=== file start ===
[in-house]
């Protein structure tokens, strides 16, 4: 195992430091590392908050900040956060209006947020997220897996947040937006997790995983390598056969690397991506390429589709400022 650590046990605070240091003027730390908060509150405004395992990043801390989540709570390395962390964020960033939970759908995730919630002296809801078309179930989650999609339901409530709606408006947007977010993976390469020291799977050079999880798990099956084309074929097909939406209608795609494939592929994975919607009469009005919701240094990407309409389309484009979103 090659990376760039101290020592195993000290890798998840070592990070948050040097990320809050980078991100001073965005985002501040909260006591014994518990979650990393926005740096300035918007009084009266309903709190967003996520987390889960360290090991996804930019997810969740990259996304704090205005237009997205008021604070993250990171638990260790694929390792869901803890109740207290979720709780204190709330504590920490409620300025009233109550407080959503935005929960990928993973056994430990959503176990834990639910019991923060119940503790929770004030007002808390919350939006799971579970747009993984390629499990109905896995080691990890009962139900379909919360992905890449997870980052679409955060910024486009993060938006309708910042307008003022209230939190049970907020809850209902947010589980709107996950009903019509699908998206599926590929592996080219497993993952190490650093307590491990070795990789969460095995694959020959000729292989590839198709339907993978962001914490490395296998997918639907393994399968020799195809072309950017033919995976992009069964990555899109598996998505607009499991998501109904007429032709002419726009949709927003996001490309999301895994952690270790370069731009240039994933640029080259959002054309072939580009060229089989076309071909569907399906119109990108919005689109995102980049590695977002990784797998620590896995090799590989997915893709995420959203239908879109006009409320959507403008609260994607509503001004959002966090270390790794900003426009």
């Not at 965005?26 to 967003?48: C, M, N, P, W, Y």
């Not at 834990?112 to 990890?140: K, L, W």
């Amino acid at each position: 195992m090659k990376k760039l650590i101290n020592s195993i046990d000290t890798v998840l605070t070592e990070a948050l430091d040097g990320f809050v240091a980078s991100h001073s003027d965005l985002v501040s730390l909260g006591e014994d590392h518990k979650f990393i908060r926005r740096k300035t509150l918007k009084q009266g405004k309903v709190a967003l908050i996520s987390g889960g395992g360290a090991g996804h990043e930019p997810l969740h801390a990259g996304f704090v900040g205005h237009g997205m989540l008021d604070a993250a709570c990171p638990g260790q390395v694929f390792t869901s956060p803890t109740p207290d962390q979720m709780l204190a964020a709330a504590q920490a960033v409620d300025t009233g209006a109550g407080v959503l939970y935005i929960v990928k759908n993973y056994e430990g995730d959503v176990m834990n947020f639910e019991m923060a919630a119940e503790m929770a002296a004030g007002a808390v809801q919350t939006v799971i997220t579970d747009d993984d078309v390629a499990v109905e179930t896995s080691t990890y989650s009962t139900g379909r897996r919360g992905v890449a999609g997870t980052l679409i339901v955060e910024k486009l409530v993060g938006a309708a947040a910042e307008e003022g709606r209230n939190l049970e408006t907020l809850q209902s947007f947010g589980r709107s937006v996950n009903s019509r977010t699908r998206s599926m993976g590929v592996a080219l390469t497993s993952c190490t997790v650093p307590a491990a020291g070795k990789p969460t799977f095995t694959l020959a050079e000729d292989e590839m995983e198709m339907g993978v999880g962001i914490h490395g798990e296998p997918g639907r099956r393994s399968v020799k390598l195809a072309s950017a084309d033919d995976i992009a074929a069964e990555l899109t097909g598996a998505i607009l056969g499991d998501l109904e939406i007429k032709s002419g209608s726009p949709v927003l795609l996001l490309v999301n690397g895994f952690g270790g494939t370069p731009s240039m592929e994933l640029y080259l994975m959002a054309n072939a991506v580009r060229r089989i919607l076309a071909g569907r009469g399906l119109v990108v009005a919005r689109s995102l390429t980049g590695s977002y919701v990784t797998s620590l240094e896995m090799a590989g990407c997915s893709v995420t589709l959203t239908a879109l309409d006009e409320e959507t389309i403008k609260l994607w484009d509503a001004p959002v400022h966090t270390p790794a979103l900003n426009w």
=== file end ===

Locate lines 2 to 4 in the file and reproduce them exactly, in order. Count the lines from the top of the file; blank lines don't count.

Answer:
């Protein structure tokens, strides 16, 4: 195992430091590392908050900040956060209006947020997220897996947040937006997790995983390598056969690397991506390429589709400022 650590046990605070240091003027730390908060509150405004395992990043801390989540709570390395962390964020960033939970759908995730919630002296809801078309179930989650999609339901409530709606408006947007977010993976390469020291799977050079999880798990099956084309074929097909939406209608795609494939592929994975919607009469009005919701240094990407309409389309484009979103 090659990376760039101290020592195993000290890798998840070592990070948050040097990320809050980078991100001073965005985002501040909260006591014994518990979650990393926005740096300035918007009084009266309903709190967003996520987390889960360290090991996804930019997810969740990259996304704090205005237009997205008021604070993250990171638990260790694929390792869901803890109740207290979720709780204190709330504590920490409620300025009233109550407080959503935005929960990928993973056994430990959503176990834990639910019991923060119940503790929770004030007002808390919350939006799971579970747009993984390629499990109905896995080691990890009962139900379909919360992905890449997870980052679409955060910024486009993060938006309708910042307008003022209230939190049970907020809850209902947010589980709107996950009903019509699908998206599926590929592996080219497993993952190490650093307590491990070795990789969460095995694959020959000729292989590839198709339907993978962001914490490395296998997918639907393994399968020799195809072309950017033919995976992009069964990555899109598996998505607009499991998501109904007429032709002419726009949709927003996001490309999301895994952690270790370069731009240039994933640029080259959002054309072939580009060229089989076309071909569907399906119109990108919005689109995102980049590695977002990784797998620590896995090799590989997915893709995420959203239908879109006009409320959507403008609260994607509503001004959002966090270390790794900003426009």
């Not at 965005?26 to 967003?48: C, M, N, P, W, Y």
């Not at 834990?112 to 990890?140: K, L, W």